I'm a bit nervous about the potential bandwidth fees if transfer is metered.  However, I'm not sure if those fears are valid.  An off the cuff calculations show that if 10,000 people do a full install of Debian hard float with extras (I'll round that about 500M of data) that is roughly 5T of data.  Is that likely to occur in the span of a single month?  I don't know.  If RPi sells 100,000 units over the next 6 months, I don't really see 5T of transfer being consumed any one month.  However, if they sell 500,000 units, that could spell trouble.

I'll have to think about this some more.  I'll probably just pop for the $99 dedicated 500GB server with unlimited transfer for a few months and hopefully this project can cover with donations future bandwidth costs once it's up and running.  If Dreamhost does prove to be unreliable things can be switched around as needed in the future as they won't be holding the master repository, but rather the public mirror.

Besides, I'm still waiting to hear if they'll give me a break on pricing.
User avatar
Forum Moderator
Forum Moderator
Posts: 620
Joined: Fri Feb 03, 2012 7:18 pm
Location: San Carlos, CA
by Chris.Rowland » Wed Apr 18, 2012 9:36 am
Could your bandwidth be reduced considerably by only providing a torrent?  I realise than not everyone can use this but there seems to be a number of generous people with bandwidth to spare who can provide mirrors.
Posts: 239
Joined: Thu Jan 12, 2012 5:45 pm
by plugwash » Wed Apr 18, 2012 12:16 pm
Chris Rowland said:


Could your bandwidth be reduced considerably by only providing a torrent?  I realise than not everyone can use this but there seems to be a number of generous people with bandwidth to spare who can provide mirrors.



Torrents are great for distributing stuff like filesystem images where you are dealing with a handfull of large files (and i'm sure when the time comes to distribute pre-canned armhf for Pi images we will use torrents for that). They are not really suitable for something like a repositry where there are a load of files that are individually relatively small, where the files change frequently and where each user will be picking out a different combination (albiet with some overlap).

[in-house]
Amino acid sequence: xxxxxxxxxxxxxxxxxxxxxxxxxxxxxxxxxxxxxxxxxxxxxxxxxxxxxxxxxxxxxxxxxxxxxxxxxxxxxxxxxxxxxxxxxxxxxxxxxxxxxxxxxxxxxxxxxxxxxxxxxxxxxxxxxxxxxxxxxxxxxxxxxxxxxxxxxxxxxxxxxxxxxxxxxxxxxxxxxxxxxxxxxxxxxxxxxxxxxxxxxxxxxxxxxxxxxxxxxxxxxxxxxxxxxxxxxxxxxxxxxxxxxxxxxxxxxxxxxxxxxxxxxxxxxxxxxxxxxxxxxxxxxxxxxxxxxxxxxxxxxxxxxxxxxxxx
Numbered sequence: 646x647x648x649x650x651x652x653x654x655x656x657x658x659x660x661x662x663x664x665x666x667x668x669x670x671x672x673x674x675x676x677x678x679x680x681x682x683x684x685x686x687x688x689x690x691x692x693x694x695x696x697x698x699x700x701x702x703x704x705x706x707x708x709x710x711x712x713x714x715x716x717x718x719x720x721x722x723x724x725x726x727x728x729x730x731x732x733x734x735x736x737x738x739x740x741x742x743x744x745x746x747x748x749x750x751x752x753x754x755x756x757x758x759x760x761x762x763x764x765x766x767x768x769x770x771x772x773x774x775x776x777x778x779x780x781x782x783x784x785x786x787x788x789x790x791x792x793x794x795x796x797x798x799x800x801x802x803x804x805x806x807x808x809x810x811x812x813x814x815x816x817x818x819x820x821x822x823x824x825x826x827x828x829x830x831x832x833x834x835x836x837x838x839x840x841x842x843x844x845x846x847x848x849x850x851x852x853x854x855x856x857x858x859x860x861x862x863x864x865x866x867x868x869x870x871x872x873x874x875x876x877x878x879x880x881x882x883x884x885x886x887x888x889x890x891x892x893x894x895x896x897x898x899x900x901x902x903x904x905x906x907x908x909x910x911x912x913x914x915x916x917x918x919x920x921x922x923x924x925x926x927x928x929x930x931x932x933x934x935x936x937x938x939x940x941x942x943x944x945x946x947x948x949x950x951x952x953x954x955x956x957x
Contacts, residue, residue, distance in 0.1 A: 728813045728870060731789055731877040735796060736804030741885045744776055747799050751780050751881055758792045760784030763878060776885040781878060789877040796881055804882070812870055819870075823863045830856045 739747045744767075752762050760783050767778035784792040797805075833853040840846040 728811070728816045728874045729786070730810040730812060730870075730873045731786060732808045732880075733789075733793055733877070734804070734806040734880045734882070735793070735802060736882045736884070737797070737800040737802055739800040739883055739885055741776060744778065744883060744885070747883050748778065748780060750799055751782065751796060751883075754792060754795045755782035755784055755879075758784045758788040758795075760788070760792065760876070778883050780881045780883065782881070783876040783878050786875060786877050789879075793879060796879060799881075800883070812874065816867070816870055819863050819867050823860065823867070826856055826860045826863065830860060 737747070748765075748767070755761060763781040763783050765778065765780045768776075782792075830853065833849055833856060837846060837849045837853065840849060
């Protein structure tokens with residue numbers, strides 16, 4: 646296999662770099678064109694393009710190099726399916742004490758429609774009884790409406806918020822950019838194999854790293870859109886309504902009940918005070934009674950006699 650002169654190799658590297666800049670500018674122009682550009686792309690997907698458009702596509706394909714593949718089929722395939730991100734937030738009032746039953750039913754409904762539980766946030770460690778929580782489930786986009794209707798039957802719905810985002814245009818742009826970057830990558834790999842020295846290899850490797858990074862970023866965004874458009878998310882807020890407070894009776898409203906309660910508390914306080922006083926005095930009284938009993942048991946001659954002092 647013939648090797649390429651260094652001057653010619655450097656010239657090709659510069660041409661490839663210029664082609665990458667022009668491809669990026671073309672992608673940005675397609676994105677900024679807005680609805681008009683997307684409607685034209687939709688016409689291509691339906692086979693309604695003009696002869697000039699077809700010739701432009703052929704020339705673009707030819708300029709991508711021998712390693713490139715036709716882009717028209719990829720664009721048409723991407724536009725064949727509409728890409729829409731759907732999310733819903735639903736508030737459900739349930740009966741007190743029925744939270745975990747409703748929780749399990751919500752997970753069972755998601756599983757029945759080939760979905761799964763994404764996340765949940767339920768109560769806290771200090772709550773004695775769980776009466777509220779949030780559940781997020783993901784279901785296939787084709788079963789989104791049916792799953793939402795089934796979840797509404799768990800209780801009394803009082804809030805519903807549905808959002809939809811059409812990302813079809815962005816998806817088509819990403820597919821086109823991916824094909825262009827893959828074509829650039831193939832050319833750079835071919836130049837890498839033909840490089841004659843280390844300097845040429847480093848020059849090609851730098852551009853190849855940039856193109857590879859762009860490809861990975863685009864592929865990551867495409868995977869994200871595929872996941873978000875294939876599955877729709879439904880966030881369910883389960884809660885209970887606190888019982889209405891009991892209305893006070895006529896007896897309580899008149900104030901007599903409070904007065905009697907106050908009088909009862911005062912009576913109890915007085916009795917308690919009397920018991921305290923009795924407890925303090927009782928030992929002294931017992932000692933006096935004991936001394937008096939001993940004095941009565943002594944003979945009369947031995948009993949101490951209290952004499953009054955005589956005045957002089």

Forum Moderator
Forum Moderator
Posts: 2235
Joined: Wed Dec 28, 2011 11:45 pm
by drewbharris » Wed Apr 18, 2012 1:23 pm
plugwash said:


Chris Rowland said:


Could your bandwidth be reduced considerably by only providing a torrent?  I realise than not everyone can use this but there seems to be a number of generous people with bandwidth to spare who can provide mirrors.


Torrents are great for distributing stuff like filesystem images where you are dealing with a handfull of large files (and i'm sure when the time comes to distribute pre-canned armhf for Pi images we will use torrents for that). They are not really suitable for something like a repositry where there are a load of files that are individually relatively small, where the files change frequently and where each user will be picking out a different combination (albiet with some overlap).


I agree with you somewhat.  Why not go with a Debian netinstall-style flat image, provided by torrents or by other generous hosters (get RPi on board to ask for bandwidth donations) and have the repo running as well for extra/more up-to-date packages?  That'd be the best of both worlds, I would think... cut a "release" every few months once packages are stable.